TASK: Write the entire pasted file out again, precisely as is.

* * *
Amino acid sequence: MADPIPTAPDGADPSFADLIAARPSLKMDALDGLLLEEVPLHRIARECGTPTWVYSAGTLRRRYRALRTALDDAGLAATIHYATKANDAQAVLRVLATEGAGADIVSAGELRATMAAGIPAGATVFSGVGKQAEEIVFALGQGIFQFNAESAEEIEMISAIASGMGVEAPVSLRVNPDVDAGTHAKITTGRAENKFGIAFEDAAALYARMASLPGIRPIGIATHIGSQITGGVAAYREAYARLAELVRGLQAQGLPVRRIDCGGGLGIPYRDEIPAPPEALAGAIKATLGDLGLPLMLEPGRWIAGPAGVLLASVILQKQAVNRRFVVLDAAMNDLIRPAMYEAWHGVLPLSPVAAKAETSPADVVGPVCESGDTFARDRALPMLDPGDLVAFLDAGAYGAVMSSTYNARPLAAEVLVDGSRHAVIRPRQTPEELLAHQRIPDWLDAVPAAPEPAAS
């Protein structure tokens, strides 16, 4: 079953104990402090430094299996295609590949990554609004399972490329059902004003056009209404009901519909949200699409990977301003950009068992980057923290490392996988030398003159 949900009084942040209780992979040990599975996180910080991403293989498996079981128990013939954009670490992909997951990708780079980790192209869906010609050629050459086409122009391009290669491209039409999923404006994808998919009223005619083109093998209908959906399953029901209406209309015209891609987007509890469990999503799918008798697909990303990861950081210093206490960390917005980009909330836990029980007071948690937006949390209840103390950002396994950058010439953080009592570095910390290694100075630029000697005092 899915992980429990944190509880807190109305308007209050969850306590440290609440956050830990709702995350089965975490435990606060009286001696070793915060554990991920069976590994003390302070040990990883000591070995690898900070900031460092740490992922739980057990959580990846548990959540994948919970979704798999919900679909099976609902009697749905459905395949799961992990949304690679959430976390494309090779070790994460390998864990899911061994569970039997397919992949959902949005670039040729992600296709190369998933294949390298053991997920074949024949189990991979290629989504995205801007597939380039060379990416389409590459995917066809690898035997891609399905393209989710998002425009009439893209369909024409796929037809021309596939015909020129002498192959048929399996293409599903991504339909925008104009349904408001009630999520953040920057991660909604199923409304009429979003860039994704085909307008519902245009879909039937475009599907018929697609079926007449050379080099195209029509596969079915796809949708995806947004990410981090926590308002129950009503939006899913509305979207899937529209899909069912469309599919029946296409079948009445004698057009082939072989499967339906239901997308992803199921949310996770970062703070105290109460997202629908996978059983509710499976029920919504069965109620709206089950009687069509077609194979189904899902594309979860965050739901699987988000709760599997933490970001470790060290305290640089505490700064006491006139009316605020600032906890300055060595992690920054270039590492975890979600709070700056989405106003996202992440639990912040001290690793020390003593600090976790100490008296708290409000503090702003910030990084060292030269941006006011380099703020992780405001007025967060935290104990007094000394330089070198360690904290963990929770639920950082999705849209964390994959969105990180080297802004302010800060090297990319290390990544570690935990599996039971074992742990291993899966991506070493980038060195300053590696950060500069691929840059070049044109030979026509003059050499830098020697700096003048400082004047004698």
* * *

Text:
Amino acid sequence: MADPIPTAPDGADPSFADLIAARPSLKMDALDGLLLEEVPLHRIARECGTPTWVYSAGTLRRRYRALRTALDDAGLAATIHYATKANDAQAVLRVLATEGAGADIVSAGELRATMAAGIPAGATVFSGVGKQAEEIVFALGQGIFQFNAESAEEIEMISAIASGMGVEAPVSLRVNPDVDAGTHAKITTGRAENKFGIAFEDAAALYARMASLPGIRPIGIATHIGSQITGGVAAYREAYARLAELVRGLQAQGLPVRRIDCGGGLGIPYRDEIPAPPEALAGAIKATLGDLGLPLMLEPGRWIAGPAGVLLASVILQKQAVNRRFVVLDAAMNDLIRPAMYEAWHGVLPLSPVAAKAETSPADVVGPVCESGDTFARDRALPMLDPGDLVAFLDAGAYGAVMSSTYNARPLAAEVLVDGSRHAVIRPRQTPEELLAHQRIPDWLDAVPAAPEPAAS
């Protein structure tokens, strides 16, 4: 079953104990402090430094299996295609590949990554609004399972490329059902004003056009209404009901519909949200699409990977301003950009068992980057923290490392996988030398003159 949900009084942040209780992979040990599975996180910080991403293989498996079981128990013939954009670490992909997951990708780079980790192209869906010609050629050459086409122009391009290669491209039409999923404006994808998919009223005619083109093998209908959906399953029901209406209309015209891609987007509890469990999503799918008798697909990303990861950081210093206490960390917005980009909330836990029980007071948690937006949390209840103390950002396994950058010439953080009592570095910390290694100075630029000697005092 899915992980429990944190509880807190109305308007209050969850306590440290609440956050830990709702995350089965975490435990606060009286001696070793915060554990991920069976590994003390302070040990990883000591070995690898900070900031460092740490992922739980057990959580990846548990959540994948919970979704798999919900679909099976609902009697749905459905395949799961992990949304690679959430976390494309090779070790994460390998864990899911061994569970039997397919992949959902949005670039040729992600296709190369998933294949390298053991997920074949024949189990991979290629989504995205801007597939380039060379990416389409590459995917066809690898035997891609399905393209989710998002425009009439893209369909024409796929037809021309596939015909020129002498192959048929399996293409599903991504339909925008104009349904408001009630999520953040920057991660909604199923409304009429979003860039994704085909307008519902245009879909039937475009599907018929697609079926007449050379080099195209029509596969079915796809949708995806947004990410981090926590308002129950009503939006899913509305979207899937529209899909069912469309599919029946296409079948009445004698057009082939072989499967339906239901997308992803199921949310996770970062703070105290109460997202629908996978059983509710499976029920919504069965109620709206089950009687069509077609194979189904899902594309979860965050739901699987988000709760599997933490970001470790060290305290640089505490700064006491006139009316605020600032906890300055060595992690920054270039590492975890979600709070700056989405106003996202992440639990912040001290690793020390003593600090976790100490008296708290409000503090702003910030990084060292030269941006006011380099703020992780405001007025967060935290104990007094000394330089070198360690904290963990929770639920950082999705849209964390994959969105990180080297802004302010800060090297990319290390990544570690935990599996039971074992742990291993899966991506070493980038060195300053590696950060500069691929840059070049044109030979026509003059050499830098020697700096003048400082004047004698």